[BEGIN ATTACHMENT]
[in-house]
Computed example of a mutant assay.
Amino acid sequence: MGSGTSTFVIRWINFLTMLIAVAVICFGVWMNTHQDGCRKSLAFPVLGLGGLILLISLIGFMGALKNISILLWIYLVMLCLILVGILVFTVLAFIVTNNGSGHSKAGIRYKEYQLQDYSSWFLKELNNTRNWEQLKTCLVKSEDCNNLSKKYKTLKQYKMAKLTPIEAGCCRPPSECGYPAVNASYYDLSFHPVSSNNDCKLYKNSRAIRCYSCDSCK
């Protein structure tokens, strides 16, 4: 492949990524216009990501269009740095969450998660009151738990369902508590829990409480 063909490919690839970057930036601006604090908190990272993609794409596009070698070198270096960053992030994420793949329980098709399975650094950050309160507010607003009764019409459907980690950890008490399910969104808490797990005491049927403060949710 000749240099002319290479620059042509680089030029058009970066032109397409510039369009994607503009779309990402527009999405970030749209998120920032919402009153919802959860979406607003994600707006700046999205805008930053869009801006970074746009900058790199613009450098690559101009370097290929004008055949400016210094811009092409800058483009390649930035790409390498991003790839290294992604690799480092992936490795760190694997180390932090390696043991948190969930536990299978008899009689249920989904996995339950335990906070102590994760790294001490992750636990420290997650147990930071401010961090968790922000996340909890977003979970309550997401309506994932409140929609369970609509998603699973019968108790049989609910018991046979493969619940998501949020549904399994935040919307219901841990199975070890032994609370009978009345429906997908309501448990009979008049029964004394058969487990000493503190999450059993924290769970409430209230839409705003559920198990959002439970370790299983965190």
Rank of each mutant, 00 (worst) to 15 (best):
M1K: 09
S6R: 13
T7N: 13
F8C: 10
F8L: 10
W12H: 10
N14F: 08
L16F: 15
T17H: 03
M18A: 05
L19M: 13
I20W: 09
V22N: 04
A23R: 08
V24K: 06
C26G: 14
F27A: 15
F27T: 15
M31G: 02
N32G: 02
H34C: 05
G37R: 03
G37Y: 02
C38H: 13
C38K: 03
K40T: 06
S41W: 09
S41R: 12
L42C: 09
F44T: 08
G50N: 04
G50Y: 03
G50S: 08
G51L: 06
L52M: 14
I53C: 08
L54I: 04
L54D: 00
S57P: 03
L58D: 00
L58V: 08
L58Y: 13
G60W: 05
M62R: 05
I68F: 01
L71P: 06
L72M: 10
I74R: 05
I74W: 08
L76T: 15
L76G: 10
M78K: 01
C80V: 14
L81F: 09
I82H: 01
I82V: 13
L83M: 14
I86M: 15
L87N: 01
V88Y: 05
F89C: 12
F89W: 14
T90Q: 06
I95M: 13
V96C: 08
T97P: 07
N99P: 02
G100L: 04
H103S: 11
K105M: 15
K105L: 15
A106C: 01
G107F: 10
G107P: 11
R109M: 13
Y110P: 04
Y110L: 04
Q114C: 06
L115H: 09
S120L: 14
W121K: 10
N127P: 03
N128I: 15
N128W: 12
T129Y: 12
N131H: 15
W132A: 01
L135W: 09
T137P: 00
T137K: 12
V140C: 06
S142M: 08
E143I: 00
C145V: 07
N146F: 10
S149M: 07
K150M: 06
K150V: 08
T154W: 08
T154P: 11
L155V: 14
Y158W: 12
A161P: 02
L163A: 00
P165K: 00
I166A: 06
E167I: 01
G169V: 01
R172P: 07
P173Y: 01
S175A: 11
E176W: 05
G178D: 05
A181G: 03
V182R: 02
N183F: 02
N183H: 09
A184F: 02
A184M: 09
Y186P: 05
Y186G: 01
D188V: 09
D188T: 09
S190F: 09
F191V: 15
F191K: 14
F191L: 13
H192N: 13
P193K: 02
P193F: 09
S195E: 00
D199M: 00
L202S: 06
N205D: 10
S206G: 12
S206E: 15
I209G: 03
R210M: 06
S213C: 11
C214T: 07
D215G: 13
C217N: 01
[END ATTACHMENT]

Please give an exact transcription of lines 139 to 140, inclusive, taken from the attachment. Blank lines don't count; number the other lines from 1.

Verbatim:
N205D: 10
S206G: 12